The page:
The United Nations Relief and Works Agency for Palestine Refugees in the Near East (UNRWA) funds a school in the Balata camp, with approximately 4,000 pupils.
Balata is one of the most densely populated locations on Earth. Less than two square kilometers in size, 30,000 people live in its concrete block houses. The layout of the camp is a product of its creation. In 1950, the UN gave the refugees from the Jaffa area temporary housing. These people initially refused the UN's offers, stating their eagerness to return to their homes. They desired no sense of permanence. After two years, these refugees accepted the UN's offer and settled at Balata.
In 1956, the Jaffa refugees desired more permanent housing. The border with the recently created State of Israel having been sealed, the refugees accepted the UN's offer to build concrete structures in place of the refugee's tents. Balata camp today is so dense because these concrete structures were built on the actual plots families had been given for refugee's tents. There are some alleyways in the camp that are so narrow that large people cannot traverse them.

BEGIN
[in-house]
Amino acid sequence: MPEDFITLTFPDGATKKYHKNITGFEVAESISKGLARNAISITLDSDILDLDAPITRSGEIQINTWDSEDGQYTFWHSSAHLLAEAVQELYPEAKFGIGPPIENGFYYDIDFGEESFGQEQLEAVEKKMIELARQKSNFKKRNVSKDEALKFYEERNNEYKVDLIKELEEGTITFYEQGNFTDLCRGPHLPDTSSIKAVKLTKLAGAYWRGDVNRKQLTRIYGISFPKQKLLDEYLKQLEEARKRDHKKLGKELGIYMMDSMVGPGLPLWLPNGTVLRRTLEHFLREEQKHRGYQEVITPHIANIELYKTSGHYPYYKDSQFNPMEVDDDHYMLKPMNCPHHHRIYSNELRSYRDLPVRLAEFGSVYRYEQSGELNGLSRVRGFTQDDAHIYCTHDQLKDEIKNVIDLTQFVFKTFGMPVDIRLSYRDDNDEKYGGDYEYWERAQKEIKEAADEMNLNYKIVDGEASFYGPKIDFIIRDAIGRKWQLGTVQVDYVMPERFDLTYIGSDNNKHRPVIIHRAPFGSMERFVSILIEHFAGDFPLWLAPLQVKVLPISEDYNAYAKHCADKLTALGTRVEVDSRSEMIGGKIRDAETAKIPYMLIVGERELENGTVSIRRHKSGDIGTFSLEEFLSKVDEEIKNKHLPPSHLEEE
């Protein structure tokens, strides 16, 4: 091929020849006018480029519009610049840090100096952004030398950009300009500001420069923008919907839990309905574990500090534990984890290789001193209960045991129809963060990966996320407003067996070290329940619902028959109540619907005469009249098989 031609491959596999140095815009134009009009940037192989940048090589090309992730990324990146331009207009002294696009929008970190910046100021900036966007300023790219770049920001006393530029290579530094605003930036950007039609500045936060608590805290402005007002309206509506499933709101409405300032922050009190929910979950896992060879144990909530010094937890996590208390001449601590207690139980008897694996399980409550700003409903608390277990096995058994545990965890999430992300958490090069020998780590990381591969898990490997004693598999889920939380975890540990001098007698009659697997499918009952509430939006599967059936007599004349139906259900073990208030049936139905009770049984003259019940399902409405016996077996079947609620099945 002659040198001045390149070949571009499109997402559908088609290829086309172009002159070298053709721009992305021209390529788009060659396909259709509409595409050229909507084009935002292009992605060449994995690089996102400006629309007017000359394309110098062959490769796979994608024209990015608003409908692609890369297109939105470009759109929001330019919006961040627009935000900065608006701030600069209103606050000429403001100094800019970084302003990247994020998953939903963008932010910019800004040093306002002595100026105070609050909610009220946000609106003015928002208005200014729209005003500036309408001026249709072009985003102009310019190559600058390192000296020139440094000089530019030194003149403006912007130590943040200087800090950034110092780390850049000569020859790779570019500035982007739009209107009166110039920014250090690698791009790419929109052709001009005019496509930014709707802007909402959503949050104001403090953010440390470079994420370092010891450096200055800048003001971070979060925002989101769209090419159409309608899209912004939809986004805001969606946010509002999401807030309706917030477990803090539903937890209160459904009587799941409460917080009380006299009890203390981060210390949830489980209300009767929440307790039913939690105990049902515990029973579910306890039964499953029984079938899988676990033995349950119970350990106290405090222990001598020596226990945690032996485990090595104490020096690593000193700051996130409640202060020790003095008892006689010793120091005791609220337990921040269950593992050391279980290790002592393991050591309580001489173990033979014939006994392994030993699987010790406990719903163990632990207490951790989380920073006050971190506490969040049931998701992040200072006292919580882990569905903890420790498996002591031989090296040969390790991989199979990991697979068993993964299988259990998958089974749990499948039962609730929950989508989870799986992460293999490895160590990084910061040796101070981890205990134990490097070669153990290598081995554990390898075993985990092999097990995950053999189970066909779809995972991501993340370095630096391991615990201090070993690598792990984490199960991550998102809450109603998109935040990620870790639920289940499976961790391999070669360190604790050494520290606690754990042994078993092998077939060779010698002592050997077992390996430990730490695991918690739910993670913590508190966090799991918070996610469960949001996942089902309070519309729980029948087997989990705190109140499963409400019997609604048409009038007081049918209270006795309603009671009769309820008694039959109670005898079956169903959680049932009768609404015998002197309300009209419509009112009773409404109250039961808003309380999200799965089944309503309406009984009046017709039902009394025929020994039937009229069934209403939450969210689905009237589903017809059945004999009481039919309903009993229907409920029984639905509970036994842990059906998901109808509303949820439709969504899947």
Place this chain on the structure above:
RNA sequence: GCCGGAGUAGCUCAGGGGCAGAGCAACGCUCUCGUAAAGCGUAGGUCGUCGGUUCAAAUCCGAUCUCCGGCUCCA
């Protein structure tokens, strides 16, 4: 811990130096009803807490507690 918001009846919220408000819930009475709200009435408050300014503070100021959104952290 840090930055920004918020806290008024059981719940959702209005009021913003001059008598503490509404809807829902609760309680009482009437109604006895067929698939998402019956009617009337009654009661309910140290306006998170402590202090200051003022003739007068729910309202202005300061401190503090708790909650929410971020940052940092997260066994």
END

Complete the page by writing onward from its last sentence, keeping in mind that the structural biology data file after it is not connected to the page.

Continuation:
During the course of the al-Aqsa Intifada, the IDF has developed various tactics, like "traveling through walls", that allow them to enter the camp without suffering many casualties. In the traveling through walls tactic, Israeli soldiers enter a home on the edge of the camp in cover of night, and proceed to blow holes through the walls of homes down a given street, using the homes as shields against Palestinian fire.
Balata's a Palestinian Alamo .. the Last Stand with Nowhere Else to Go; by KEVIN TOOLIS, Who Has Visited the Refugee Camps
Mar 04, 2002; Byline: KEVIN TOOLIS THERE is no end to this ghastly trail of death and destruction in the bloody land of Israel. The Middle East...